Water Management System Builder Requirements, Water-Managed Roof Assembly. Self-sealing bituminous membrane or equivalent at all valleys & roof deck penetrations. Not required in dry climates as shown in 2009 IECC Figure 301.1 and Table 301.1.
Section R905.3.8 Flashing. In locations where the average daily temperature in January is 25°F or less, metal valley flashing underlayment must be solid-cemented to the roofing underlayment for slopes less than 7/12 or be self-adhering polymer modified bitumen sheet.
International Energy Conservation Code (IECC) Climate Regions
ENERGY STAR Certified Homes (Version 3.0, Revision 08), Water Management System Builder Requirements
3. Water-Managed Building Materials:
3.3 Self-adhering polymer-modified bituminous membrane at all valleys & roof deck penetrations.3, 15
(3) Not required in Dry (B) climates as shown in 2009 IECC Figure 301.1 and Table 301.1.
(15) As an alternative, any applicable option in 2009 IRC Section R905.2.8.2 is permitted to be used to meet Item 3.3 and any option in 2009 IRC Section R905.2.7.1 is permitted to be used to meet Item 3.4. EPA recommends, but does not require, that products meet ASTM D1970.
Builders Responsibilities: It is the exclusive responsibility of builders to ensure that each certified home is constructed to meet these requirements. While builders are not required to maintain documentation demonstrating compliance for each individual certified home, builders are required to develop a process to ensure compliance for each certified home (e.g., incorporate these requirements into the Scope of Work for relevant sub-contractors, require the site supervisor to inspect each home for these requirements, and / or sub-contract the verification of these requirements to a Rater). In the event that the EPA determines that a certified home was constructed without meeting these requirements, the home may be decertified.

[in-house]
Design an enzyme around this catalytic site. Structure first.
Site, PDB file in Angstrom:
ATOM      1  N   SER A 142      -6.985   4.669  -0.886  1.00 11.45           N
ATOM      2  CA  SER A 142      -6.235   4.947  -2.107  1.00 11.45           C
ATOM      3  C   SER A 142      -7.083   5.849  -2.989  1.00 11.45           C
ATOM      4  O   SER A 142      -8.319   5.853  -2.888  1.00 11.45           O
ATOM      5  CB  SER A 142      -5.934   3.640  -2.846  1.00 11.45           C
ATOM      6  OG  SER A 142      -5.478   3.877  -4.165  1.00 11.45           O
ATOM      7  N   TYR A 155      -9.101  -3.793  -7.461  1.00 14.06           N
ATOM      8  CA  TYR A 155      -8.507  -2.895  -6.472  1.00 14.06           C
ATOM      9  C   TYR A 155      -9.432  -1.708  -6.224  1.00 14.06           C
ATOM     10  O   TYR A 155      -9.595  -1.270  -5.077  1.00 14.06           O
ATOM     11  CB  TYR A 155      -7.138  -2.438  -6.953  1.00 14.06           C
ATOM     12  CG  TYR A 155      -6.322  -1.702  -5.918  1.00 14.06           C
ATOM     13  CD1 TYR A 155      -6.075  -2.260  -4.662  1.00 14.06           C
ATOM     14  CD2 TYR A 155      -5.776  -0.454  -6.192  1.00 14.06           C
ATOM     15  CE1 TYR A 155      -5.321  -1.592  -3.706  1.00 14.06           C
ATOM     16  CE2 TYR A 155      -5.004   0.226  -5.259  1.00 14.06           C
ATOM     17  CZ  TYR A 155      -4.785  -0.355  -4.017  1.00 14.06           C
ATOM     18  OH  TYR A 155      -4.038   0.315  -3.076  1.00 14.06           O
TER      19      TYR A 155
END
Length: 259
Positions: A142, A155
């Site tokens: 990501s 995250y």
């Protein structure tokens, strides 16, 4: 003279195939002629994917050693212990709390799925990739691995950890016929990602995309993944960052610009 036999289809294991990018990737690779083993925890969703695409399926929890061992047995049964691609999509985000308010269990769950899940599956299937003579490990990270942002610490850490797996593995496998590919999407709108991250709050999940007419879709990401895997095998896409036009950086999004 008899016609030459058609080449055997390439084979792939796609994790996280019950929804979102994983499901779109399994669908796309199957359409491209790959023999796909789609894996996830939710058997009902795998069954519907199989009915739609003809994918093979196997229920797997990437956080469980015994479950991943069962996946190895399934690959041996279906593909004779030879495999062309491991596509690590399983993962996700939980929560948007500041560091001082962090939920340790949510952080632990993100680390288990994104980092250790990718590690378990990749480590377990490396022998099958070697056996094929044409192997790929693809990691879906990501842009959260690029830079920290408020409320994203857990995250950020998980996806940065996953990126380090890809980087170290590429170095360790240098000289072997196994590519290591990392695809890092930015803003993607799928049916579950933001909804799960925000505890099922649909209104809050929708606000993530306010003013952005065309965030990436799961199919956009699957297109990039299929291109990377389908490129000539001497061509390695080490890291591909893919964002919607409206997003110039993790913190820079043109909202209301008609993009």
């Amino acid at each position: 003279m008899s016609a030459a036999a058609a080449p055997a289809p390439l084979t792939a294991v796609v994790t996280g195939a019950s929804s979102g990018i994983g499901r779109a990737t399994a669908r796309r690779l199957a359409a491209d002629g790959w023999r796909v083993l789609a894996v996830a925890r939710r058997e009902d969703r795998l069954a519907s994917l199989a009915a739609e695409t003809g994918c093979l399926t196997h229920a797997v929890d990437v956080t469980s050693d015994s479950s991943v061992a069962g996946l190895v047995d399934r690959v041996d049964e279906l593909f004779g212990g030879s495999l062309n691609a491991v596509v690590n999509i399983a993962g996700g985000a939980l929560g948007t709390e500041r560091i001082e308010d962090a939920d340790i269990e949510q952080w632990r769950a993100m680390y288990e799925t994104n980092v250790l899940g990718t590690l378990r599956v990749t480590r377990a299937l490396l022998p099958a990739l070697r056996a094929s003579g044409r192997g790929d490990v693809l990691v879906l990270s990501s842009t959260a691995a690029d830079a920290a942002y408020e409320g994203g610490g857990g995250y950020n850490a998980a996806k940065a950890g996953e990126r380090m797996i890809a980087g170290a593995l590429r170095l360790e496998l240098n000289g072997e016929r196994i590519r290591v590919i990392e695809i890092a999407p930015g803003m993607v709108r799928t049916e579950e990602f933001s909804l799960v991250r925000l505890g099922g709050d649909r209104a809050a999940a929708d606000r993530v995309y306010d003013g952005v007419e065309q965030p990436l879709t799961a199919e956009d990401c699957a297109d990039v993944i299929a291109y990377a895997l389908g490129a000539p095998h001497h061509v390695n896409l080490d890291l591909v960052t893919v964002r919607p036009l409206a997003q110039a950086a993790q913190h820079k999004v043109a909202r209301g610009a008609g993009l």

ENERGY STAR Revision 08 requirements are required for homes permitted starting 07/01/2016.
Exhibit 1: Mandatory Requirements. Certified under ENERGY STAR Qualified Homes Version 3.
Section R905.3.8 Flashing. Flashing and counterflashing to be provided at the juncture of roof vertical surfaces per manufacturer’s instructions. If metal, it cannot be less than 0.019 inch (No. 26 galvanized sheet gage) corrosion-resistant metal. Valley flashing must extend at least 11 inches from the centerline each way and have a splash diverter rib not less than 1 inch high at the flow line formed as part of the flashing. Sections of flashing must have an end flap at least 4 inches. For 3/12 roofs and greater, valley flashing must have a 3-ft wide underlayment of one layer of Type I underlayment running the full length of the valley, in addition to any other required underlayment. Metal valley flashing underlayment must be solid-cemented to the roofing underlayment for slopes less than 7/12 or be self-adhering polymer modified bitumen sheet in areas where the average daily temperature in January is 25°F.
Section R 905.2.8.2 Valleys – For asphalt roofs, open valley linings should be lined with a strip of corrosion-resistant metal (listed in Table R905.2.8.2) that is at least 24 inches wide or two layers of mineral–surfaced roll roofing with the bottom layer strip at least 18 inches wide and the top layer at least 36 inches wide. For closed valleys (where the valley is covered with shingles) the valley should be lined as described for open valleys or with one ply of smooth roll roofing at least 36 inches wide or with self-adhering polymer modified bitumen. Requirements vary for other roofing types. See Section R905.4.6 for metal roof valley flashing requirements, Section R 905.6.6 for slate roof valley flashing, Section R 905.7.6 for wood shingle roof valley flashing, and Section R 905.8.8 for wood shake roof valley flashing.
Heavy Membrane Valley/Eave = Roof Water Barrier